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A self-described “obsessive”, Tricky has been keeping busy. False Idols might not drop until May, but he’s already looking ahead: “I’ve got another album ready to be mixed, and I want to start recording. But I’ve got to slow down a little bit to get this done.” He’s also working on a “weird” and “violent” French short film called Sophie Sees (“It’s about a girl who thinks she’s a video director. But she’s not.”). He sounds most enthused about tending to his stable of False Idols artists: “You put someone out who’s not known, you get love for that and it comes back. Almost like instant karma.”. He nurtures a daydream of supporting his own artists on tour. “I want someone to post on Facebook – Francesca, she’s featuring on his album – but her album is much better than Trickys!” A little like those legend-minting appearances on Blue Lines all those years ago? “That’s what you supposed to be doing as an artist – helping people”.

Before we wrap up, it’s impossible not to ask: what was the story behind that bizarre cameo during Beyonce’s 2011 Glastonbury headline set? Tricky compares it to his infamous bit part in Luc Besson’s The Fifth Element (“a terrible thing for me to do, but where I come from you don’t get opportunities for a huge Hollywood film”), and recounts the story like it’s an incident from Curb Your Enthusiasm:She’s got a guy who does her choreogra-lalalala. What’s it called? The dancing stuff. She was in England, she wanted somebody to do a feature. He mention me – I don’t know if she knew who I was. I don’t think so. She might have heard about me, but I don’t know. He mentioned me so she said okay, and i had to do that becuae it’s so perverse, to go on stage with Beyonce. I don’t know much about her and I don’t know her music and i really can’t say I’m a fan. She’s a nice girl . But I can honestly say I’m not a fan.”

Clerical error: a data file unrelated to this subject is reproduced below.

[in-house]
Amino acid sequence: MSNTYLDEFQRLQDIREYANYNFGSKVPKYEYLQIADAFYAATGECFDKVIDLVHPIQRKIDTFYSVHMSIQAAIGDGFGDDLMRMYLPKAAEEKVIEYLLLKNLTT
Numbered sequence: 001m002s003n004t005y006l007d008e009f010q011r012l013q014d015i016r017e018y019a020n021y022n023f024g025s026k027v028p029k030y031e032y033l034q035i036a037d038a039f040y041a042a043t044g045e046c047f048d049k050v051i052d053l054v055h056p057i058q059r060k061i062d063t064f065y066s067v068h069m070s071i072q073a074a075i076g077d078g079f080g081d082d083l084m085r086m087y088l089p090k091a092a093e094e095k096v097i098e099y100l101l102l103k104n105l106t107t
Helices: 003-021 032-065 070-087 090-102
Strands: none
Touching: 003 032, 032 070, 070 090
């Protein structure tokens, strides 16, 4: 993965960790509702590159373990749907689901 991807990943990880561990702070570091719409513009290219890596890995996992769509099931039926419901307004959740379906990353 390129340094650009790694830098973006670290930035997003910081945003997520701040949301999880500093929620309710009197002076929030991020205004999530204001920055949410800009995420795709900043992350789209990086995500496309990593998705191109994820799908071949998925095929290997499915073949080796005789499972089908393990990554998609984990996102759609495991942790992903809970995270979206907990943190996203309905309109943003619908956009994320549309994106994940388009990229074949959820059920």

“I went on. The smoke, the dancers…and then my mic didn’t’ work. When my mic didn’t’ work, I just started watching everything. And she’s so professional – when she saw my mic didn’t’ work, she came over and started winding down on me. It was professional, but it was sexy. And I’m not that kind of guy, I’m a bit shy. So she’s winding down on me, and I look at the front – and Jay-Z is right in front of me. It’s just weird. I got a cousin, he’s a Jamaican guy in London, and him and his friends were watching it. And he and his friends, they were talking to me, they said “Go on Tricky! Wind it! Wind it!”. But I couldn’t do it’ There’s no way I can grab Beyonce around the waist and start doing that stuff.”